In addition to the desire to change or overturn, the liberation longed for in queer theory and Buddhism is a liberation that understands and actualizes the interconnected nature of the self. Take, for example, this quote:
Let’s face it. We are undone by each other. And if we’re not, we’re missing something.
Here, we see the explicit recognition of inter-being and interconnectedness. Our selves are constituted (and undone) in relationship. The reader may wonder who this quote is by. Perhaps it is Thich Nhat Hanh explaining “inter-being?” Or Pema Chodron, encouraging us to recognize the fragile nature of being alive, the way “things fall apart?” But no, it is the queer theorist Judith Butler. She continues:
Let’s face it. We’re undone by each other. And if we’re not, we’re missing something. If this seems so clearly the case with grief, it is only because it was already the case with desire. One does not always stay intact. It may be that one wants to, or does, but it may also be that despite one’s best efforts, one is undone, in the face of the other, by the touch, by the scent, by the feel, by the prospect of the touch, by the memory of the feel. And so when we speak about my sexuality or my gender, as we do (and as we must), we mean something complicated by it. Neither of these is precisely a possession, but both are to be understood as modes of being dispossessed, ways of being for another, or, indeed, by virtue of another.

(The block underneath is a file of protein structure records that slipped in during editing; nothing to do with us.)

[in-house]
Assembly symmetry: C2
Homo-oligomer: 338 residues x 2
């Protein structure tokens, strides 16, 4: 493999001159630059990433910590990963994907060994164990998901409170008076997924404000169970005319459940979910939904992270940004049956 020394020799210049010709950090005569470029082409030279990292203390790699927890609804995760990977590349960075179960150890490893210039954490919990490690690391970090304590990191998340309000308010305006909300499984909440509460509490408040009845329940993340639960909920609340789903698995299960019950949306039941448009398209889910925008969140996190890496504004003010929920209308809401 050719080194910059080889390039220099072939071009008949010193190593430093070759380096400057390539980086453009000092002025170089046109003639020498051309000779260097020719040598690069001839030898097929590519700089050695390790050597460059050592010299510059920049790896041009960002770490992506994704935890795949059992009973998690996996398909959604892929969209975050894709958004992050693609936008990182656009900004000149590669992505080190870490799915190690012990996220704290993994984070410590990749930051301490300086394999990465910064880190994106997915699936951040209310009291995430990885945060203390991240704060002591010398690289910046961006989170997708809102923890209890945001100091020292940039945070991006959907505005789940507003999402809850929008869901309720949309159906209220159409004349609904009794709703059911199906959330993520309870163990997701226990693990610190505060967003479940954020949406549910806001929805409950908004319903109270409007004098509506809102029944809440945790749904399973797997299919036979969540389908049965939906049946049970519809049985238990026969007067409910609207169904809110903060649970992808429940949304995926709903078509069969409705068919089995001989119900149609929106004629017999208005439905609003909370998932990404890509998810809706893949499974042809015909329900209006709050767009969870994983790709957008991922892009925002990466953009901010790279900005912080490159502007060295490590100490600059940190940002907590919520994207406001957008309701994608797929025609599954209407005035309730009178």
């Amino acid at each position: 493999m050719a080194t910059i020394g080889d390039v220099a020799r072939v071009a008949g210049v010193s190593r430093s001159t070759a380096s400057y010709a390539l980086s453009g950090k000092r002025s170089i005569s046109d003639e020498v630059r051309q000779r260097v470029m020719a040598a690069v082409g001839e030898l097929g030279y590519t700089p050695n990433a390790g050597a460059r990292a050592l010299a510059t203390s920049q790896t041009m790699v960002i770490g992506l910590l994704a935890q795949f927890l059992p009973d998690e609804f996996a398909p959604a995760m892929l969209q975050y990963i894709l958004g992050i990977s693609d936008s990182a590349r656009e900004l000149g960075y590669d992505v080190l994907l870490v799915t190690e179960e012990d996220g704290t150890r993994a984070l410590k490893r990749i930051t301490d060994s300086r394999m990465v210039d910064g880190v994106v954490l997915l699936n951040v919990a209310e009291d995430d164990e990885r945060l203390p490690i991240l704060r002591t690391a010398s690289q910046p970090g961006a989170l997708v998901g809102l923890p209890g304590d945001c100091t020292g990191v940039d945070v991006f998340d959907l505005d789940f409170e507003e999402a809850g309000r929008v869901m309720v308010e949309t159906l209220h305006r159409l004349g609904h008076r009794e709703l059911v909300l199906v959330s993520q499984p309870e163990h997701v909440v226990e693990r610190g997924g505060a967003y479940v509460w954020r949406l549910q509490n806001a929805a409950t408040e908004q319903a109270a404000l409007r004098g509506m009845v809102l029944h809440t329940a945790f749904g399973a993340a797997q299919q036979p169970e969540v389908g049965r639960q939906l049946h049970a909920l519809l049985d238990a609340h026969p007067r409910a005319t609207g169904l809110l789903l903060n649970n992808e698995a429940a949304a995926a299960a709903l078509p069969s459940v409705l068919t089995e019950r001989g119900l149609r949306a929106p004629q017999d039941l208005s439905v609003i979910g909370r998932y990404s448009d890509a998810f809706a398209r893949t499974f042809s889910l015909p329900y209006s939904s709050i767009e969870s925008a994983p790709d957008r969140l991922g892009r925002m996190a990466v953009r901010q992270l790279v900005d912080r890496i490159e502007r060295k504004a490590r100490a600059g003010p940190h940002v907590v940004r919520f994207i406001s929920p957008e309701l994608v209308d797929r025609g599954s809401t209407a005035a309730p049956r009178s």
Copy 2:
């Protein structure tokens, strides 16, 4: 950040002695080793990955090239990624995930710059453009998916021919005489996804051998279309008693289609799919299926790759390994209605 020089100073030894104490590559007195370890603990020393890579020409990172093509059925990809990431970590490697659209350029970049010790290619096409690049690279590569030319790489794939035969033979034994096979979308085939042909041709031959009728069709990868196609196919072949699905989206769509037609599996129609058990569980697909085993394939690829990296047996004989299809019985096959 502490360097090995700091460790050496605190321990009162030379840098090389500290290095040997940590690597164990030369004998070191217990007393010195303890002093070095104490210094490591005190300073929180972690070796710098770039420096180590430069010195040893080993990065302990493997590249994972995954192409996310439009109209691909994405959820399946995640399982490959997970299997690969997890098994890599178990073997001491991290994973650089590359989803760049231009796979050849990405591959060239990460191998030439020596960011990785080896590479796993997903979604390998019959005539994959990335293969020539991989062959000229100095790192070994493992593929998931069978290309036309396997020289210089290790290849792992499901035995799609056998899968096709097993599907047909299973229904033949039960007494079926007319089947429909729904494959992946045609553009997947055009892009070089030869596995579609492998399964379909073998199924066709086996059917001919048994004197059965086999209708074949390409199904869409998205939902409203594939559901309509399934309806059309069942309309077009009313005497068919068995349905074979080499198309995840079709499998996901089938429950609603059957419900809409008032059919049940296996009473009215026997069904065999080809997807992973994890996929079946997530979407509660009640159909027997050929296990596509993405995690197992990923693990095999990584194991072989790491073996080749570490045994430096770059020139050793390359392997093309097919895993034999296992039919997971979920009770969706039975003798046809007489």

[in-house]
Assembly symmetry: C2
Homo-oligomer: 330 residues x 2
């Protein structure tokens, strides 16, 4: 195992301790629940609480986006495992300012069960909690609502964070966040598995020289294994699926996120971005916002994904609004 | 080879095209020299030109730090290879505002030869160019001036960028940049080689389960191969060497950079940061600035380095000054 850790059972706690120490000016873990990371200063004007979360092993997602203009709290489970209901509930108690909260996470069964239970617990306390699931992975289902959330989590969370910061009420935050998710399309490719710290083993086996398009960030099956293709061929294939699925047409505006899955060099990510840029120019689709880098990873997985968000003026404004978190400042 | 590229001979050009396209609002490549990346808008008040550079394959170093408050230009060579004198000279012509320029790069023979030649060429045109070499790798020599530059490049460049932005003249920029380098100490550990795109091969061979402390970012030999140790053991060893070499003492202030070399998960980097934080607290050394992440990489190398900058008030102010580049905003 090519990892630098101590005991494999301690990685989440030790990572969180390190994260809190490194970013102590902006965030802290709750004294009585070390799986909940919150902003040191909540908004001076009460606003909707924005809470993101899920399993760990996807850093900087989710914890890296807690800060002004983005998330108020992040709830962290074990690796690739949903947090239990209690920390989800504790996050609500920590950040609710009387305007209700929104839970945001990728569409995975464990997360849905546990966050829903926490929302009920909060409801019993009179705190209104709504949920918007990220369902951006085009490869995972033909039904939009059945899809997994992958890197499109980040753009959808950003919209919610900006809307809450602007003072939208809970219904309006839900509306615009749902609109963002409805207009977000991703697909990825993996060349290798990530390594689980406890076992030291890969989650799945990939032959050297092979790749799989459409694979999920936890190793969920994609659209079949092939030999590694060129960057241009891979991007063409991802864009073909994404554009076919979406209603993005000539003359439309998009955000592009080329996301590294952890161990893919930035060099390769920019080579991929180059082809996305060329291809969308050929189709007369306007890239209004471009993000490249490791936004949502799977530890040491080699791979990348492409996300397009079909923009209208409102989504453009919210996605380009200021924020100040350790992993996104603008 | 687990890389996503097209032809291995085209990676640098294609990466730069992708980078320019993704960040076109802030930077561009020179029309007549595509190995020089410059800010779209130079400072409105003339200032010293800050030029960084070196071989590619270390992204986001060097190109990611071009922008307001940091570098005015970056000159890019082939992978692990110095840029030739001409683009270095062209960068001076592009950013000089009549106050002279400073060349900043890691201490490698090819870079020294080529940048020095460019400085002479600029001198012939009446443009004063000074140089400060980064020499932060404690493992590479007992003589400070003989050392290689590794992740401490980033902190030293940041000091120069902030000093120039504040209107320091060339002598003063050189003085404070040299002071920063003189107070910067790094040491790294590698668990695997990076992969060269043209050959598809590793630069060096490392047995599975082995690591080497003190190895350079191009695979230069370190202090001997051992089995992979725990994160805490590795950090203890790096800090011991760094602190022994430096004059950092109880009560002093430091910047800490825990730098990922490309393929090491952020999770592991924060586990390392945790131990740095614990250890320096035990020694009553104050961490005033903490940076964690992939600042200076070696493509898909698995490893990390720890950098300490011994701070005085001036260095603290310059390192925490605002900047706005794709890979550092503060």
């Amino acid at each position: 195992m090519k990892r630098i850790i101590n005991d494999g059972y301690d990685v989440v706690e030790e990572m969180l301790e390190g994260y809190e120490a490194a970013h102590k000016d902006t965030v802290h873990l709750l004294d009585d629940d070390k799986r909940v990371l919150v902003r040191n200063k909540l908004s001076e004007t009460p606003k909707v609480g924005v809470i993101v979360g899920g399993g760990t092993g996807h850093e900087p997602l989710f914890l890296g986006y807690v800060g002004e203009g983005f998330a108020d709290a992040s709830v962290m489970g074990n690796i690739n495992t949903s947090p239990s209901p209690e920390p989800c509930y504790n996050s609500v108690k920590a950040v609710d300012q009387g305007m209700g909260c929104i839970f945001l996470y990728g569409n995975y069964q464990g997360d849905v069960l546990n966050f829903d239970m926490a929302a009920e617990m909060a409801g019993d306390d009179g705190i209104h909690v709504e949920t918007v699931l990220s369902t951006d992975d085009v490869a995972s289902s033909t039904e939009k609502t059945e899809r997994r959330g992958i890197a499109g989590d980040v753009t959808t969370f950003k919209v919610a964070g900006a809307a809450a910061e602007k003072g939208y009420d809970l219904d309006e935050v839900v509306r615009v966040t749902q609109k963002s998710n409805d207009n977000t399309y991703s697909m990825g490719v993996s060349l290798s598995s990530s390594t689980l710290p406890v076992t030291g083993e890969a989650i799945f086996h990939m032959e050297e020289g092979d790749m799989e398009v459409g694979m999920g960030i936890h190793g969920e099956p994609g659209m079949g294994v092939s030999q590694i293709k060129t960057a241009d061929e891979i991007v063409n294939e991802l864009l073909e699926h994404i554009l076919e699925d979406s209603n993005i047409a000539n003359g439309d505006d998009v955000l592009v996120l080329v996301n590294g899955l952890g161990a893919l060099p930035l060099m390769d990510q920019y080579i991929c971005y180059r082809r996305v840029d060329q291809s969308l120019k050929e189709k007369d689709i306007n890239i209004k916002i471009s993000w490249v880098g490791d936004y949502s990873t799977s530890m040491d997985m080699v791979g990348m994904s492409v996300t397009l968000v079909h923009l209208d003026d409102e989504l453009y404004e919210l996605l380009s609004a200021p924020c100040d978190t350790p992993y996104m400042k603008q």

Here, the similarities between queer theory and Buddhism are both obvious and tenuous; we see a dissolution of self, a recognition of interconnectedness, but this liberation from narrow self is brought about by desire, by bodies (“by the touch, by the scent, by the feel”), not by renunciation. This is a tension between canonical Buddhism and queerness I don’t know how quite to reconcile. As a queer priest who trained in a conservative, Zen convent, I often feel torn between two allegiances: between the desires of my body and my wild heart, and a spiritual practice that seeks to problematize desire itself.